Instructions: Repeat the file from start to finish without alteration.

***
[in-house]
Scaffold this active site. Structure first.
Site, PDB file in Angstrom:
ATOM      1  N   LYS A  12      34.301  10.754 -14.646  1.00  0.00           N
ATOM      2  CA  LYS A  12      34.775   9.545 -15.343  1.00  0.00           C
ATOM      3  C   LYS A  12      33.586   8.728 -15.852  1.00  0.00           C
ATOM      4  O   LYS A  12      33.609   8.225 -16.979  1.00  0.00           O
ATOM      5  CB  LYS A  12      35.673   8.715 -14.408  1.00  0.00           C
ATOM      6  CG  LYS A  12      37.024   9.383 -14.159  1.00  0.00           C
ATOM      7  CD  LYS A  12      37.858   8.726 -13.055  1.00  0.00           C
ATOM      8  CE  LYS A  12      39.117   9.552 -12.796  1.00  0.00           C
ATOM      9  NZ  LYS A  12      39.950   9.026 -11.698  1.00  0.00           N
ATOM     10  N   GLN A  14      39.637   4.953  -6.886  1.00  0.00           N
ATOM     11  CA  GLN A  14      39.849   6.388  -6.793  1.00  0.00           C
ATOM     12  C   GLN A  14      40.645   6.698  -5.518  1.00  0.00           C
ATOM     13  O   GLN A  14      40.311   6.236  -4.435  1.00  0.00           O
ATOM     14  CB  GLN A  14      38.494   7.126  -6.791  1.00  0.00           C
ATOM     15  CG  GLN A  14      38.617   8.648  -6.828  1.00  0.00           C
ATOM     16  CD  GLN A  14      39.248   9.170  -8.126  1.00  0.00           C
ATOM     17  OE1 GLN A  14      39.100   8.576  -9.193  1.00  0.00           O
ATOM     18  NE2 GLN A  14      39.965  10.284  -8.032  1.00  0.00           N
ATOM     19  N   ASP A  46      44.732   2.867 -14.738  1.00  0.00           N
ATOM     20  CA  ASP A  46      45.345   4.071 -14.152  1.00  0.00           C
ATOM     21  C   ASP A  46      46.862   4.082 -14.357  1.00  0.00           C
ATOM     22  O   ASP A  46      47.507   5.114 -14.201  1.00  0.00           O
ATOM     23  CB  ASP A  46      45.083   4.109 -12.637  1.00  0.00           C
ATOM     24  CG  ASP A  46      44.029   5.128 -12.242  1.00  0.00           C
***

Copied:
[in-house]
Scaffold this active site. Structure first.
Site, PDB file in Angstrom:
ATOM      1  N   LYS A  12      34.301  10.754 -14.646  1.00  0.00           N
ATOM      2  CA  LYS A  12      34.775   9.545 -15.343  1.00  0.00           C
ATOM      3  C   LYS A  12      33.586   8.728 -15.852  1.00  0.00           C
ATOM      4  O   LYS A  12      33.609   8.225 -16.979  1.00  0.00           O
ATOM      5  CB  LYS A  12      35.673   8.715 -14.408  1.00  0.00           C
ATOM      6  CG  LYS A  12      37.024   9.383 -14.159  1.00  0.00           C
ATOM      7  CD  LYS A  12      37.858   8.726 -13.055  1.00  0.00           C
ATOM      8  CE  LYS A  12      39.117   9.552 -12.796  1.00  0.00           C
ATOM      9  NZ  LYS A  12      39.950   9.026 -11.698  1.00  0.00           N
ATOM     10  N   GLN A  14      39.637   4.953  -6.886  1.00  0.00           N
ATOM     11  CA  GLN A  14      39.849   6.388  -6.793  1.00  0.00           C
ATOM     12  C   GLN A  14      40.645   6.698  -5.518  1.00  0.00           C
ATOM     13  O   GLN A  14      40.311   6.236  -4.435  1.00  0.00           O
ATOM     14  CB  GLN A  14      38.494   7.126  -6.791  1.00  0.00           C
ATOM     15  CG  GLN A  14      38.617   8.648  -6.828  1.00  0.00           C
ATOM     16  CD  GLN A  14      39.248   9.170  -8.126  1.00  0.00           C
ATOM     17  OE1 GLN A  14      39.100   8.576  -9.193  1.00  0.00           O
ATOM     18  NE2 GLN A  14      39.965  10.284  -8.032  1.00  0.00           N
ATOM     19  N   ASP A  46      44.732   2.867 -14.738  1.00  0.00           N
ATOM     20  CA  ASP A  46      45.345   4.071 -14.152  1.00  0.00           C
ATOM     21  C   ASP A  46      46.862   4.082 -14.357  1.00  0.00           C
ATOM     22  O   ASP A  46      47.507   5.114 -14.201  1.00  0.00           O
ATOM     23  CB  ASP A  46      45.083   4.109 -12.637  1.00  0.00           C
ATOM     24  CG  ASP A  46      44.029   5.128 -12.242  1.00  0.00           C